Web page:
مقایسه نابرابری جنسی در اختلالات عاطفی مشترک در سراسر کشور: بریتانیا و شیلی
|کد مقاله||سال انتشار||مقاله انگلیسی||ترجمه فارسی||تعداد کلمات|
|74862||2005||11 صفحه PDF||سفارش دهید||محاسبه نشده|
Publisher : Elsevier - Science Direct (الزویر - ساینس دایرکت)
Journal : Social Science & Medicine, Volume 60, Issue 8, April 2005, Pages 1693–1703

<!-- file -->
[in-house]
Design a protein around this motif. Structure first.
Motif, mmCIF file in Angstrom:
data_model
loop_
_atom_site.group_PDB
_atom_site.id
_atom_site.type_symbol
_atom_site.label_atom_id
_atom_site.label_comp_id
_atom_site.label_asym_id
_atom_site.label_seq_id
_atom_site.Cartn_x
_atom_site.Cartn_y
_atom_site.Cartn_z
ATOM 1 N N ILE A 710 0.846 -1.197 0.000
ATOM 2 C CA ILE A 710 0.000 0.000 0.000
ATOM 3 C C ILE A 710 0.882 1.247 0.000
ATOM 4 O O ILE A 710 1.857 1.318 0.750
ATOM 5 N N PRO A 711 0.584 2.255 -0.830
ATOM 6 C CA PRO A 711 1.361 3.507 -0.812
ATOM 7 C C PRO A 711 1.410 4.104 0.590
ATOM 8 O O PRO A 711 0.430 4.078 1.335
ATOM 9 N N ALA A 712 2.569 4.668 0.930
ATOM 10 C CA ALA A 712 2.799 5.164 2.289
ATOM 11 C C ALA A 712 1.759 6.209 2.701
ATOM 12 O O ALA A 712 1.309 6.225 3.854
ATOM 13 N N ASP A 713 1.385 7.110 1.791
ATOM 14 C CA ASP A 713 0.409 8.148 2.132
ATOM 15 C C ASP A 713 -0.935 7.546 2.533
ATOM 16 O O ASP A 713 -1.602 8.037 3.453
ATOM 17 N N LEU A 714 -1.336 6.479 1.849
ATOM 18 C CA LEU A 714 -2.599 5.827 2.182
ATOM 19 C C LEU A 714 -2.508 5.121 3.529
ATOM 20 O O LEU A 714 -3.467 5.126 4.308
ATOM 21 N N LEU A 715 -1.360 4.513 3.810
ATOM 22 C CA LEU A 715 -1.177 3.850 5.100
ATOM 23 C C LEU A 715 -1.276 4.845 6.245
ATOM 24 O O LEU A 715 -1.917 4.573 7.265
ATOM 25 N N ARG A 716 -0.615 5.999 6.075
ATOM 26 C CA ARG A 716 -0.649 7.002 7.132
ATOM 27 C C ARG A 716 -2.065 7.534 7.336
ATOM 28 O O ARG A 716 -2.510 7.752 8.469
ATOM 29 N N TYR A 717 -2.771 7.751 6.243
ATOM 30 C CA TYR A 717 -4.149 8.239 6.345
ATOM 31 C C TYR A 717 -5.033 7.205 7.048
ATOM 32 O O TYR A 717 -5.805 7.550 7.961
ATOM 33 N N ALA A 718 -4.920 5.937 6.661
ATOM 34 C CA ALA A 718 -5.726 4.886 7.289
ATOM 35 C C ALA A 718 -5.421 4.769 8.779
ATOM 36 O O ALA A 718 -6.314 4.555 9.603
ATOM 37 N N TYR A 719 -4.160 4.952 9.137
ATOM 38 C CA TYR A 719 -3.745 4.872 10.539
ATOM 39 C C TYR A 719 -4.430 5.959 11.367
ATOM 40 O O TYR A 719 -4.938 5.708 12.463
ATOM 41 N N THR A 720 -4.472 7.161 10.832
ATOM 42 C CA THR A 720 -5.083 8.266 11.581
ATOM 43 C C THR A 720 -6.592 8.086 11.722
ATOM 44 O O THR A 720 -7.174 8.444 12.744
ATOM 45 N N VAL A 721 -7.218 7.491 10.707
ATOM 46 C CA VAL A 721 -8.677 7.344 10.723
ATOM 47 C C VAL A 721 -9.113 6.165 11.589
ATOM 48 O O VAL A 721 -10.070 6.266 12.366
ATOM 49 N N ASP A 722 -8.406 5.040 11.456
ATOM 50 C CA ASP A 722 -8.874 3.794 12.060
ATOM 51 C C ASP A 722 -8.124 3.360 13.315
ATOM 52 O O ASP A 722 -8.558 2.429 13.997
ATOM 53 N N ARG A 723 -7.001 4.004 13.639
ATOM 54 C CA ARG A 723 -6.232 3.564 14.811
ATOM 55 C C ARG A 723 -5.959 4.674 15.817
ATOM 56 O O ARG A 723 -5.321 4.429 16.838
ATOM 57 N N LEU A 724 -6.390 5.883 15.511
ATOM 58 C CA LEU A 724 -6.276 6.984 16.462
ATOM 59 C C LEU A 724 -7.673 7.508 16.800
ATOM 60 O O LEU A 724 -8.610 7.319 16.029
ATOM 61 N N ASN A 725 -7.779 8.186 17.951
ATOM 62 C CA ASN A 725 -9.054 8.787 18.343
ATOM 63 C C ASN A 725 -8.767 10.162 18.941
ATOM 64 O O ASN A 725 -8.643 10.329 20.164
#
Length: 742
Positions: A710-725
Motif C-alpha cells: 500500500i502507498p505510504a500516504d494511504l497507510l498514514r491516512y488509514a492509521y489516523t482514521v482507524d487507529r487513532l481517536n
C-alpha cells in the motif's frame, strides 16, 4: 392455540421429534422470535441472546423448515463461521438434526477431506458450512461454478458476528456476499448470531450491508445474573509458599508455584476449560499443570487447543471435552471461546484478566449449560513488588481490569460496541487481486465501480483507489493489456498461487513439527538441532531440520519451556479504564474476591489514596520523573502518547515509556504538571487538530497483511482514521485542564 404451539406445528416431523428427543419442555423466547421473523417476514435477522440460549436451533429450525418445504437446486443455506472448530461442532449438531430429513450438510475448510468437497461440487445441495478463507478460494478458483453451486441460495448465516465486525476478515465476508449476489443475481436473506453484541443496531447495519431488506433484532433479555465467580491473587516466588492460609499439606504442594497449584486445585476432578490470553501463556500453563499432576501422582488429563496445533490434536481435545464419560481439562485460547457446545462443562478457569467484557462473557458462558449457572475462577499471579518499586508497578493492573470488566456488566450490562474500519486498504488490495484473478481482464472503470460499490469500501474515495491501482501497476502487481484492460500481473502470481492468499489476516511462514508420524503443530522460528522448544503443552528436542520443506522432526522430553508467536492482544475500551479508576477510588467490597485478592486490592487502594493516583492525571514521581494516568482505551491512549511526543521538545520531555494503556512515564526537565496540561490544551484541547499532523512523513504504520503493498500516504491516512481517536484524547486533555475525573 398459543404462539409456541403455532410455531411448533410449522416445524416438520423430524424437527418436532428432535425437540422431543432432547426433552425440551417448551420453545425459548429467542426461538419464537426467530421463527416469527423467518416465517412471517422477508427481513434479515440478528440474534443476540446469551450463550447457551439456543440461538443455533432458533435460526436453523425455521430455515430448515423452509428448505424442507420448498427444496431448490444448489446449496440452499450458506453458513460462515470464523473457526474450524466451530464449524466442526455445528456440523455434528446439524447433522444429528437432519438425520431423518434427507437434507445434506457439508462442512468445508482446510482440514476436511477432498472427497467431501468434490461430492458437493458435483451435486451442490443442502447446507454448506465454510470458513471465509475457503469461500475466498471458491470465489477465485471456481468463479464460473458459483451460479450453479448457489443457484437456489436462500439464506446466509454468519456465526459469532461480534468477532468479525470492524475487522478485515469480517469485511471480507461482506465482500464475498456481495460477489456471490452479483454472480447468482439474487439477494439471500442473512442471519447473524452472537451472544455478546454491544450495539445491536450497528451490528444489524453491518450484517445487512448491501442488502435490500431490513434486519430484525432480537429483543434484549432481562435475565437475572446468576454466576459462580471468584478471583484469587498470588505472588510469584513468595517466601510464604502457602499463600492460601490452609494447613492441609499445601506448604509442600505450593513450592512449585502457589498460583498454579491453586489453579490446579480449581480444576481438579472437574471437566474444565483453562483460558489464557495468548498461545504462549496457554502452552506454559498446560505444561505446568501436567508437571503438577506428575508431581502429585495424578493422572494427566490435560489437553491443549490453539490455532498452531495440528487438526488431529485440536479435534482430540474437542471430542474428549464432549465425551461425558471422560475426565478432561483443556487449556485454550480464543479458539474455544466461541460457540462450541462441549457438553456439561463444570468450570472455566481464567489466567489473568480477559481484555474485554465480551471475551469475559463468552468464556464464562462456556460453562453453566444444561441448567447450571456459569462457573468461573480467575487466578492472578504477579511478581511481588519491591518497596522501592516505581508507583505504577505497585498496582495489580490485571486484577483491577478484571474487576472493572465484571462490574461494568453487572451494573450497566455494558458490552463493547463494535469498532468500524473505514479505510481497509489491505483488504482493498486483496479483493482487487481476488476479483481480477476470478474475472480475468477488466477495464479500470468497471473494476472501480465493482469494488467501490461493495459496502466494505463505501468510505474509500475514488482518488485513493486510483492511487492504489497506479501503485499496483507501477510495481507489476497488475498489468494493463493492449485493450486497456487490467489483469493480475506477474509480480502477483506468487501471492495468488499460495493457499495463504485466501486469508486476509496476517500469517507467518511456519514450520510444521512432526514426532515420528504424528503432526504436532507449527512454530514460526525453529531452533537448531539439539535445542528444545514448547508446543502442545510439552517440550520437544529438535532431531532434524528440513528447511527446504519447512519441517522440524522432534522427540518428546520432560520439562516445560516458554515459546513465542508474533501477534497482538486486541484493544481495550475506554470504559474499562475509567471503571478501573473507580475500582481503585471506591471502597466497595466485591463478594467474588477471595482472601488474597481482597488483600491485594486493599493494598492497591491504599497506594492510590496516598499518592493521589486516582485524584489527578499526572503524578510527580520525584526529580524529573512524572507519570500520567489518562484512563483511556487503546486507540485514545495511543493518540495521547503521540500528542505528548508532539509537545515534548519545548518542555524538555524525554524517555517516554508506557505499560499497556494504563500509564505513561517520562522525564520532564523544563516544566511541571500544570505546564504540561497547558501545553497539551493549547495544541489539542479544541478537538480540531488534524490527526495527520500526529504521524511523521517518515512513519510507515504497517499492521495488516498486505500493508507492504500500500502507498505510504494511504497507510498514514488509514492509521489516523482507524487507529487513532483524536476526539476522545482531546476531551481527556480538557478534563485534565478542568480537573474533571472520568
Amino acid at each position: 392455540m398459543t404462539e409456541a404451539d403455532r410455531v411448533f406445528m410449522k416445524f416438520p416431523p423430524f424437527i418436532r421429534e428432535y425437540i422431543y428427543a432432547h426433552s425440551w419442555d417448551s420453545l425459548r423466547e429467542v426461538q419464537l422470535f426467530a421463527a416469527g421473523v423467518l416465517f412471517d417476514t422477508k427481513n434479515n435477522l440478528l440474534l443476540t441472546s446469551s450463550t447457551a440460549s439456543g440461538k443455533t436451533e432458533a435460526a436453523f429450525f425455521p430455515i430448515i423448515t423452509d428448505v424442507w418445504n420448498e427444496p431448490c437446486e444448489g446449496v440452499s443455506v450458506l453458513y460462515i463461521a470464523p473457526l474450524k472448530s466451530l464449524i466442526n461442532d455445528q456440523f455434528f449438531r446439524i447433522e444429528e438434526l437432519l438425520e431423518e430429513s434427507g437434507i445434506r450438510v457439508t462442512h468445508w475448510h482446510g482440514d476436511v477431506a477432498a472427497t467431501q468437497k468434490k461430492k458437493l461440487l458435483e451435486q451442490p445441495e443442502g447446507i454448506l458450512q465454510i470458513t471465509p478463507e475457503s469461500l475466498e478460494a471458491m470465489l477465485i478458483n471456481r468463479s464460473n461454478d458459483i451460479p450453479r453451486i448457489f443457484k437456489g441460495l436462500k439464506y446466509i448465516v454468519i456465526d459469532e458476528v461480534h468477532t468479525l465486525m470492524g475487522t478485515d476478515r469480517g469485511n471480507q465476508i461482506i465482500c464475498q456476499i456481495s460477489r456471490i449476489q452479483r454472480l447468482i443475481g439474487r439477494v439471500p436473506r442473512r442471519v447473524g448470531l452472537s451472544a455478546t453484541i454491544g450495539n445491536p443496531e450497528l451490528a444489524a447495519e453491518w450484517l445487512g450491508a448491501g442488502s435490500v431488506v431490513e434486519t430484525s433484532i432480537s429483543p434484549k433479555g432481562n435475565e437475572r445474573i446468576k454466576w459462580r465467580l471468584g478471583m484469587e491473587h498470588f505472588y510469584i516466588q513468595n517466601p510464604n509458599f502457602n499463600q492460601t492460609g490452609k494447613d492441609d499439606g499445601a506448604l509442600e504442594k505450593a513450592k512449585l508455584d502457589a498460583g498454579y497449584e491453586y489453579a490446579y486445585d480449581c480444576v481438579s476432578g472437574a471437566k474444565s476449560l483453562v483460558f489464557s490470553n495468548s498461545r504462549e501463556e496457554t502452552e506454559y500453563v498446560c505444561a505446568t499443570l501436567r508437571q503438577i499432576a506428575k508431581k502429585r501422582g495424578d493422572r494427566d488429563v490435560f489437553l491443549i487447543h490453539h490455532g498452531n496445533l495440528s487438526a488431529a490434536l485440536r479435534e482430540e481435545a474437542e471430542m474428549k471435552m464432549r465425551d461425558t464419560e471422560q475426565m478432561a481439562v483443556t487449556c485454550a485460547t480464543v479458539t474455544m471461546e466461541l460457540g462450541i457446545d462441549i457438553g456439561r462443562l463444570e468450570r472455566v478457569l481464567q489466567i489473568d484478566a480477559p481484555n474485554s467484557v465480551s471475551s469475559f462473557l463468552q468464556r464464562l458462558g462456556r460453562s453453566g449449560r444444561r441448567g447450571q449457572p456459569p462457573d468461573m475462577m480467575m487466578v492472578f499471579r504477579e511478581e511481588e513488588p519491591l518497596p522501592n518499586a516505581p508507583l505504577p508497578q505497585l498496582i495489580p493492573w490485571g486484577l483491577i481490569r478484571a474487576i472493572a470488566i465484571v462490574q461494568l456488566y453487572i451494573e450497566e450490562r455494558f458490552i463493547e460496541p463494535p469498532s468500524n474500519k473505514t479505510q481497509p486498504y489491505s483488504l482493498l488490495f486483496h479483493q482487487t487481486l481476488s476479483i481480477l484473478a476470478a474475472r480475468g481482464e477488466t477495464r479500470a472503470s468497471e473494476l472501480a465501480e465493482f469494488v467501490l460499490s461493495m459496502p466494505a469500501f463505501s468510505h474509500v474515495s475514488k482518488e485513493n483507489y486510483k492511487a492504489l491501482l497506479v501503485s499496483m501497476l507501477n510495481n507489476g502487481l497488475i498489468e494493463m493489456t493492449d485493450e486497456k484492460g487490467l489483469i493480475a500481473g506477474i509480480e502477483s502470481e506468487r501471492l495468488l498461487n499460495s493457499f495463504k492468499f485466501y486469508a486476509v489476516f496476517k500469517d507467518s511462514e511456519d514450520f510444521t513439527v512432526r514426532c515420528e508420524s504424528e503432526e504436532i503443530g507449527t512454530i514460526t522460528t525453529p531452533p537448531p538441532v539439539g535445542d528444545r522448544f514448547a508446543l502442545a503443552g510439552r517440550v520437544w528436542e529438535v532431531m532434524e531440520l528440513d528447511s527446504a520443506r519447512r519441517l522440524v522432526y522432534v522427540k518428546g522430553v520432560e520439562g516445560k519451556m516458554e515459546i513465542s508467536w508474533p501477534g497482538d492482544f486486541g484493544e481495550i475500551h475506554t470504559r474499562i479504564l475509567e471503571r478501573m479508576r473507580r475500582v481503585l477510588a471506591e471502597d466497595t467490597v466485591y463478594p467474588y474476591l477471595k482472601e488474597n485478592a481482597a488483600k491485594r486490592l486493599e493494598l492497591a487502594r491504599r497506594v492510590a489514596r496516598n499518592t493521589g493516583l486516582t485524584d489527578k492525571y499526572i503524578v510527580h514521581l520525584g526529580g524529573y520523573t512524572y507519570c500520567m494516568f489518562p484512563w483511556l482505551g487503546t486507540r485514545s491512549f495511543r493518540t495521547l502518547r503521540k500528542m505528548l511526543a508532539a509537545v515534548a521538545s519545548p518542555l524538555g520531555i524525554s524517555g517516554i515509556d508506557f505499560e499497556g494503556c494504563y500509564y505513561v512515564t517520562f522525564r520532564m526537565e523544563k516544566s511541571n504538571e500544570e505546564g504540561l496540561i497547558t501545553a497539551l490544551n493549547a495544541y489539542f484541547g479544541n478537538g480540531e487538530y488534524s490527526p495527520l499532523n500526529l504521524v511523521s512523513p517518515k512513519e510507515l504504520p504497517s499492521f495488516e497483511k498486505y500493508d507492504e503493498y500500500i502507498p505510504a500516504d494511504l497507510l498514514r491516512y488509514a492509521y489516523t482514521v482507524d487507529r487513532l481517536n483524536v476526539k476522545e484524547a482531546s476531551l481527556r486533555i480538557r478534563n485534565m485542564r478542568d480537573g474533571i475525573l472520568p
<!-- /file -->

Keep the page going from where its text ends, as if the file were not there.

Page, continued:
Most studies throughout the world have found that women report more psychological symptoms than men. Much less is known about possible variation between countries in the magnitude of these sex differences or the factors contributing to the increase of risk among women in countries with different levels of development. This study aimed to compare sex differences for common affective disorders (CAD) between Great Britain and Chile based on two large urban cross-sectional psychiatric household surveys that used similar methodology. Women in both countries reported more CAD than men but Chilean women had an increased risk in comparison to their British counterparts, a difference that became larger as symptom severity increased. Of all the main explanatory variables included in the analysis––education, employment status, children at home, marital status, and social support—the only statistically significant interaction that could account for this increased risk was education, with an increasingly larger risk for women with lower levels of educational attainments in Chile compared to Britain. Education is a powerful socio-economic indicator that is difficult to revert later in life, especially in countries where opportunities for women are less forthcoming, and it might act as powerful reminder of social entrapment.